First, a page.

august, slow

” The horse I bet on was so slow, the jockey kept a diary of the trip”.

Henny Youngman

It’s late summer. Not much happening. Things are dry. No real rain in months. The grass crunches under foot. It’s almost the same sound as brittle snow in January. Forest fires are burning west of here. They have been burning a good part of the summer. The air has been smoky for weeks. Fresh, clear Rocky Mountain air is a myth.

smoke

smoke-filled sky

Hatches on my local rivers are weak. Eventually we will run out of Weak and then enter the Strong realm again as things cool and BWO’s (may fly) make an appearance.

clouds

hop2

Surface eating fish are hard to find during the day. You have to fish real late, on the edge of darkness, or real early. When the sun is up it means prospecting with terrestrial bugs: grasshoppers and beetles or their creative derivations.

hopa

bow

I missed a great fish the other day. Its rise was slow and it ate my impression even slower than slow. It lingered and I struck too fast pulling the grasshopper fly out of its mouth. I’ve been doing that a lot this year. Hmm…have to pause longer before I strike…got go slow.

Some photos from past couple of weekends.

brw1

cloudplain

rockbed

snoozing on firm mattress

 

brwdist

 

man-eater brown trout

“Trashy novels always out sell the classics…tabloids out sell the Times”

bbrown

brown trout on size 16 dry fly

 

In the past three or four years I’ve written 100 plus posts on this blog. One post, above all, received significantly more attention (hits) than any other. It simply blew all the others away…10X more attention. Was the quality of the writing that much better?…”No”. Were the photographs super special or intriguing?…”No”. Were the trout huge?…”No”. Was I giving away cash?…”No”. It was simply the title. It contained the words, “French Assassins”. The post had nothing to do with espionage, mystery or murder. I was simply quoting a phrase/term used by an author in a slow-paced, gentle fly fishing book called, Chalkstream Chronicle, by Neil Patterson. It’s a great book. One of my all time favorites.

 

031

faraway

rainbow on dry-fly, size 18 pmd

In one chapter Patterson describes how some French anglers in economically depressed war-time France, or just post war, survived by designing highly effective flies (killer patterns) for flat water creek fishing (difficult water) that allowed them to fool very discerning trout; I believe they were brown trout. If I remember the story correctly they either kept their families alive with the protein they caught from the streams or they sold the trout to restaurants in order to earn money when there was no employment opportunities in their ravaged homeland. Basically, they fished to survive and because of this they became very skilled and specialized at catching trout on their local water. Thus the term, “French Assassins”. The common feature of all of these flat water flies is that they were tied in a very sparse (airy/light) style.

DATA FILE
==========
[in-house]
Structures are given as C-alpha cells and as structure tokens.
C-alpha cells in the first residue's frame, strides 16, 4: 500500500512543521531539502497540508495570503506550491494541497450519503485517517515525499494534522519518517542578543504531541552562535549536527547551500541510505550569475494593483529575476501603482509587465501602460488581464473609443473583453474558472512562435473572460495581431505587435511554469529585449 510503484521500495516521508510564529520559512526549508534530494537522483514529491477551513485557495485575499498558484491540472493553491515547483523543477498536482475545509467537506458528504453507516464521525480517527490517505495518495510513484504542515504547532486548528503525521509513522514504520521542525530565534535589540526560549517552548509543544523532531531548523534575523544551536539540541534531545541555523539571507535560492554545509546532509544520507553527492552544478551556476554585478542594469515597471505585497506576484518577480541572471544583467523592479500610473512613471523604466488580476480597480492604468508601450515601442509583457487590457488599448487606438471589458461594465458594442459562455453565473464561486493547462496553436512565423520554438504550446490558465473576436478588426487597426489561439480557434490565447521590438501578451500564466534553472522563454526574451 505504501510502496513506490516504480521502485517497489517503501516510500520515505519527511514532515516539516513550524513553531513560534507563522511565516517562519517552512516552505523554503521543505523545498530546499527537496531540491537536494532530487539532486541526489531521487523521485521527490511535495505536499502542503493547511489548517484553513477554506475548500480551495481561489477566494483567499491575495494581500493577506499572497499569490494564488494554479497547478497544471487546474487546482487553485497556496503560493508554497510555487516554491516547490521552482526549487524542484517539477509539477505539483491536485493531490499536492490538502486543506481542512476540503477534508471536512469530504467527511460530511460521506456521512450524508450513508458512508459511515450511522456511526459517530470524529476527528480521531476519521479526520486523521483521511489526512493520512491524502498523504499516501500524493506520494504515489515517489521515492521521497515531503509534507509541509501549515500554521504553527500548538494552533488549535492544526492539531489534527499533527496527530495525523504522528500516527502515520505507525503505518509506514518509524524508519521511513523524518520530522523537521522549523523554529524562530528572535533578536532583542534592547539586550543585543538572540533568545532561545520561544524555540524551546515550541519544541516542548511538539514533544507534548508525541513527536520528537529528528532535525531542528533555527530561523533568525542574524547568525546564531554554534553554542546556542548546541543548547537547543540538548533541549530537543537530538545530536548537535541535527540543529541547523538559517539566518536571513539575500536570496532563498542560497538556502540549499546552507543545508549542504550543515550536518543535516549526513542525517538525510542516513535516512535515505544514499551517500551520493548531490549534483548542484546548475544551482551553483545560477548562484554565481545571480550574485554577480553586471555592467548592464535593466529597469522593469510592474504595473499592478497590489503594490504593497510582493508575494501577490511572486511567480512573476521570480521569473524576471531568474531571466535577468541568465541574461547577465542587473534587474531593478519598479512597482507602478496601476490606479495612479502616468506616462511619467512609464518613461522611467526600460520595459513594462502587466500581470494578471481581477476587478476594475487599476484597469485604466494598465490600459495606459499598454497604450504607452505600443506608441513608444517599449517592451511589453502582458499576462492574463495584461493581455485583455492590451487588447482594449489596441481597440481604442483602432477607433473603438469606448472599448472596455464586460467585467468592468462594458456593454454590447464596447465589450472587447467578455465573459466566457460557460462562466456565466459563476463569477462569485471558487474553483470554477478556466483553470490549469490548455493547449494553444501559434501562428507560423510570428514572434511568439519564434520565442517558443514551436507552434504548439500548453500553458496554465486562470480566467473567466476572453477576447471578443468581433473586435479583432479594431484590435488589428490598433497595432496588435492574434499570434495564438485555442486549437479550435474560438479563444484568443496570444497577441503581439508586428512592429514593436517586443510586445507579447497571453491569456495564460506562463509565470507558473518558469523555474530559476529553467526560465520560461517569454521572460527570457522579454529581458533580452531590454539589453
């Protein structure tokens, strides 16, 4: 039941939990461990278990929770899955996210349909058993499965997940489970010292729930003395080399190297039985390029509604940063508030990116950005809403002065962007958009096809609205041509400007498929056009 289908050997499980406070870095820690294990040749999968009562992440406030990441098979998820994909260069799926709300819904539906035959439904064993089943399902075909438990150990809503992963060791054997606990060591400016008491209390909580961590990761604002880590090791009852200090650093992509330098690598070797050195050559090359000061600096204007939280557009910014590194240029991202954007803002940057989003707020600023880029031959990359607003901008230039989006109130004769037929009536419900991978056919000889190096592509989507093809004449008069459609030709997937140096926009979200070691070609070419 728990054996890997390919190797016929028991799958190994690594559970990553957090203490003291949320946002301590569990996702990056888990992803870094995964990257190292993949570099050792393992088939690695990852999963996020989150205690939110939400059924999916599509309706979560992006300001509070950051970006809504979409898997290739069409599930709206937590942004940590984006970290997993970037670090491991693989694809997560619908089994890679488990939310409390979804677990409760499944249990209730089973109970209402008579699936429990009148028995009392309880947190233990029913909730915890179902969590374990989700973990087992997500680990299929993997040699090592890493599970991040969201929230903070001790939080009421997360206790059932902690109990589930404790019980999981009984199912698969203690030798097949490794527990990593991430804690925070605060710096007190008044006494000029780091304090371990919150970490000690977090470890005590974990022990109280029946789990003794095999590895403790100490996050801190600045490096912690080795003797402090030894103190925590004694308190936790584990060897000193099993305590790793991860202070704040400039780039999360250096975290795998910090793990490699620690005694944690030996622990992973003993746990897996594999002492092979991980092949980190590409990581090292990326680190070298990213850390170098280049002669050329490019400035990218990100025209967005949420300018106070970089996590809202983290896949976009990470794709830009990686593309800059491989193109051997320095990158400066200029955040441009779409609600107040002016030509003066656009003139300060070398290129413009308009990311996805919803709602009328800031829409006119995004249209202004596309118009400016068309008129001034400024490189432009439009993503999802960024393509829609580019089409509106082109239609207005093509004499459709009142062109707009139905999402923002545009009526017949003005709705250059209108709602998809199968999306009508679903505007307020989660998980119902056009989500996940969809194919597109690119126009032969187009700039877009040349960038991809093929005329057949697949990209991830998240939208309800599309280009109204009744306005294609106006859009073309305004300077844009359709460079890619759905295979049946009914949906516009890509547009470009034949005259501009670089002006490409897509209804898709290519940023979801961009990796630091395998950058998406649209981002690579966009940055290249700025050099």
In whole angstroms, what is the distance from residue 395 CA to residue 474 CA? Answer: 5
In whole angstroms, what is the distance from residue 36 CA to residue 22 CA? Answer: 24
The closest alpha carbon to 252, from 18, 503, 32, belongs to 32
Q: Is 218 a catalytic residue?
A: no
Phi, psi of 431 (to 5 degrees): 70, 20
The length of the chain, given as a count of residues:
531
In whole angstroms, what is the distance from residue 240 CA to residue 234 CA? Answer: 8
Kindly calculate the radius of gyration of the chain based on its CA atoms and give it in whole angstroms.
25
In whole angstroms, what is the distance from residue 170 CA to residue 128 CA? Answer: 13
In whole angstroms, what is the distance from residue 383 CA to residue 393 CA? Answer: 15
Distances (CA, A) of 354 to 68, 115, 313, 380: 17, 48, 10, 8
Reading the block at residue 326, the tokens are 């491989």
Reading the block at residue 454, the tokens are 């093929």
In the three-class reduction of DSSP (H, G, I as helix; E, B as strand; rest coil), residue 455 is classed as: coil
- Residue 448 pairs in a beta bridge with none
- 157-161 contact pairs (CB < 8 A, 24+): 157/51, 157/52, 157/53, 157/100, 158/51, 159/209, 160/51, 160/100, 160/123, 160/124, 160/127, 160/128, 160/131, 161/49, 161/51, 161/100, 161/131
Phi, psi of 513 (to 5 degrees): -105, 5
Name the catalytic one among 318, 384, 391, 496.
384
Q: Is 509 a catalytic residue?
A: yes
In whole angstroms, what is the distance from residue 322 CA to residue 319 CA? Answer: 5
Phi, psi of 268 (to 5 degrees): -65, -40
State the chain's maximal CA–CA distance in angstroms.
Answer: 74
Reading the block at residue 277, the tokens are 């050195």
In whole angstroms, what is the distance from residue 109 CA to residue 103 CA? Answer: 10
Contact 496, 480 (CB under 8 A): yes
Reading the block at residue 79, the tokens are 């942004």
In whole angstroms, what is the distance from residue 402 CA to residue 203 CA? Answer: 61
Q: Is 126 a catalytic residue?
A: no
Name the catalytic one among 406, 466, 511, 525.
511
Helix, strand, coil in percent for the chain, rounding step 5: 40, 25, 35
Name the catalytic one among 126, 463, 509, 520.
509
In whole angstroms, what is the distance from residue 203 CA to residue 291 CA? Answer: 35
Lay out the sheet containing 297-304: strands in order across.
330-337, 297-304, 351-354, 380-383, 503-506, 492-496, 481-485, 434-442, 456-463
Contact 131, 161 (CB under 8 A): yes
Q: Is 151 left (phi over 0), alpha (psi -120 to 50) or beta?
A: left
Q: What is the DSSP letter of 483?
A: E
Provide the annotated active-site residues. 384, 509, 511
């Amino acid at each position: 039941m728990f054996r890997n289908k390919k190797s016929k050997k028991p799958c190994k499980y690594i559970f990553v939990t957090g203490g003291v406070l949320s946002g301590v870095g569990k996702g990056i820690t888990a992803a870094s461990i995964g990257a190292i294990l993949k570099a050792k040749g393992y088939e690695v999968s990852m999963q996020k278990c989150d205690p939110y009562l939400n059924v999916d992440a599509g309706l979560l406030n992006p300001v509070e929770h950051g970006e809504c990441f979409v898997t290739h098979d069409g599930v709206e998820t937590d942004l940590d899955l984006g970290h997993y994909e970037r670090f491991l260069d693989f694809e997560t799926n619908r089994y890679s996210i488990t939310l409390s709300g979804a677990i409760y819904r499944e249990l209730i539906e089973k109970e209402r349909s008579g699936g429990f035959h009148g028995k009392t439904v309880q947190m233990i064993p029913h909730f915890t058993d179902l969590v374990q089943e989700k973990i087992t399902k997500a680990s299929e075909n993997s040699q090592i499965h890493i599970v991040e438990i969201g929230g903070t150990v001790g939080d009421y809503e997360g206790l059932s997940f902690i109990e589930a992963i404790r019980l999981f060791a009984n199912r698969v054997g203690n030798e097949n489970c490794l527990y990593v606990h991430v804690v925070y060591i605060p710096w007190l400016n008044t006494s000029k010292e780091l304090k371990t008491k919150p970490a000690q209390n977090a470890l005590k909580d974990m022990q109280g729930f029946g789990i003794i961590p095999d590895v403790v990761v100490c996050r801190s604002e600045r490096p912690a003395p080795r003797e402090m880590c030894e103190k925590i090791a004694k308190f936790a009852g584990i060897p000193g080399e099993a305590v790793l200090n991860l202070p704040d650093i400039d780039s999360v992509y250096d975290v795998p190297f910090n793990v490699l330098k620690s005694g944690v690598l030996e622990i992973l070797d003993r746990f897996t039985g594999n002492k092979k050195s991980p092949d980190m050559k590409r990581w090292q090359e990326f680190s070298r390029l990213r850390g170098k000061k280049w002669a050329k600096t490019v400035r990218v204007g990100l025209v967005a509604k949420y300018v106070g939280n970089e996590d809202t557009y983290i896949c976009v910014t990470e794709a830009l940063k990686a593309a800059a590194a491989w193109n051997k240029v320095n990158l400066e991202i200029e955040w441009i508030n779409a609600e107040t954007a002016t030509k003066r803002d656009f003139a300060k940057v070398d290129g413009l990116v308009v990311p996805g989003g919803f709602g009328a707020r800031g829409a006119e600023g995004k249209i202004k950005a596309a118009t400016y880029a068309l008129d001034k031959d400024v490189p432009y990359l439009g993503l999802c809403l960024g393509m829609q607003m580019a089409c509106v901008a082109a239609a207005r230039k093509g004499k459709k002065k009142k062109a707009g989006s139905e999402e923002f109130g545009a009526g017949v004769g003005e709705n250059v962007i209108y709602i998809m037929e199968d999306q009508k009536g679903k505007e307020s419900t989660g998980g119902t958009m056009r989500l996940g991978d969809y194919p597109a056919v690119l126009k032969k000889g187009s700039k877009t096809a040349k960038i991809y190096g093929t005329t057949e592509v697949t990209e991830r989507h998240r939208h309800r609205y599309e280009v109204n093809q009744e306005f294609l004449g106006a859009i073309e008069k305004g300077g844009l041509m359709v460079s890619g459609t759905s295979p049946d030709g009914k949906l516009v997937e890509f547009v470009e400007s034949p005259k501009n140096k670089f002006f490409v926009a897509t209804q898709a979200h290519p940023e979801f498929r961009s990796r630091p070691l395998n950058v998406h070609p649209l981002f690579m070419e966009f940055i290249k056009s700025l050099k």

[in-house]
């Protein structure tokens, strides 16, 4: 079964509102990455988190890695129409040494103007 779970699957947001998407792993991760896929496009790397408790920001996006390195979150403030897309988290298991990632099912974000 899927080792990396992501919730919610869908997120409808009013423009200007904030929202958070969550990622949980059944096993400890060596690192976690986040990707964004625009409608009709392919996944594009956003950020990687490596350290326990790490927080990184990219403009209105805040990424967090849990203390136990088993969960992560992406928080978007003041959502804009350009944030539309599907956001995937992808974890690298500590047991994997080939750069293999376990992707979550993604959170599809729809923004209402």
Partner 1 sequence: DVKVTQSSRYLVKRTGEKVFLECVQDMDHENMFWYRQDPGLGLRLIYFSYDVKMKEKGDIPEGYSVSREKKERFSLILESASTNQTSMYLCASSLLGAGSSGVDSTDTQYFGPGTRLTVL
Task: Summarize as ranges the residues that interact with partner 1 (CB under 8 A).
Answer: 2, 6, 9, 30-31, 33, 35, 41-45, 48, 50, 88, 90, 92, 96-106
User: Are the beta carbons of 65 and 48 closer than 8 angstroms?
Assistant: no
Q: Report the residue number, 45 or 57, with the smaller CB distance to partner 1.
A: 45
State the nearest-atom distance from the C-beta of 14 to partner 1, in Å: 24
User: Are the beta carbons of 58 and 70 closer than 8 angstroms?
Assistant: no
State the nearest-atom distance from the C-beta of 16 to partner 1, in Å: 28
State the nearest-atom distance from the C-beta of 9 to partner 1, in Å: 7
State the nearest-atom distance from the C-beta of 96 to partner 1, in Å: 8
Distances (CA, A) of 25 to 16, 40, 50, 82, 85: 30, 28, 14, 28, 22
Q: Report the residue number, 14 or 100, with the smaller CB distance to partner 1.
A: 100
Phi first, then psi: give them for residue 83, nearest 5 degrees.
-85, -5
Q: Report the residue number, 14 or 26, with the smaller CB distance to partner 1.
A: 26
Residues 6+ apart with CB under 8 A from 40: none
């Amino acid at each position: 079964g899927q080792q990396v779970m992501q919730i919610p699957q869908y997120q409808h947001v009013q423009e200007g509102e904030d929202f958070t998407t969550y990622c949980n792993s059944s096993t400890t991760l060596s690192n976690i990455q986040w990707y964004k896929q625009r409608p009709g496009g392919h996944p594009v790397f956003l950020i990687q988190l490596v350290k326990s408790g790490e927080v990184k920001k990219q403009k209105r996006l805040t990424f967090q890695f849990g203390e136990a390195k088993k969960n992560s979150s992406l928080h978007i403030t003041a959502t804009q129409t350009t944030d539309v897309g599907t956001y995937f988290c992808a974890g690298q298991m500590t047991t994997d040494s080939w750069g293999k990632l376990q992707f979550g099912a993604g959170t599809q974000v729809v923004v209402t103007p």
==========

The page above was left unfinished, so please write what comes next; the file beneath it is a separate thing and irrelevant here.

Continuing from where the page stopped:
032

Abby, trout spotting from bluff

 

loopbwn

brown trout

best abby

 

I wonder how today’s tabloid title, “Man-eater Brown trout” will fare? More hits? I’ll see…

abbywind

scenery

handhead

rainbow, fly, size 18 pmd

Above and below are some brown and rainbow trout I caught and released over the last couple of weekends sight-fishing late July and early August. The angling was quite challenging. All trout were fooled on Pale Morning Duns (dry-fly/emerger patterns) size 18 and 16. I got lucky as some of the small fly hook-ups held. I also missed quite a few.

036

rainbow

004 (3)

 

finger (2)

simple dangling patterns, size 18, black wing for grey glare

 

upclose

close in rainbow

Canyon Trout

004

I went down into the canyon. It’s a fairly long walk. I haven’t been there in several years…beautiful place, eerie at times, especially when you’re alone. I took Abby with me.

posts

The angling was a bit slow. We are kind of between hatches: the Pmd’s are waning and the hoppers (not really a hatch) aren’t doing the “hop” yet. The canyon can be a good place for terrestrial fishing as bugs get blown off of the cliffs and fall into the river. The trout eventually clue in to this.

closeinf

They weren’t looking up on the weekend, however, I did manage to fool a few fish in the shallows that were willing to rise: rainbows. I was on the hunt for brown trout. Some fish took a good look at my fly but were skeptical and turned away. I saw several nice ones on nymphs but they wouldn’t budge from the bottom. The good thing is there were fish around and I spotted some.

abbyhigh

Abby on the cliff

Sight-fishing in the canyon can be challenging as the light-coloured cliffs reflect sunlight  casting an intense glare on the water.

thumbf

I’ll go back when the grasshoppers are more prevalent (hopefully soon) and the fish are on the lookout for them and showing themselves by rising. Then my terrestrial fly impressions will be more productive.

abbycliff

009

shinyf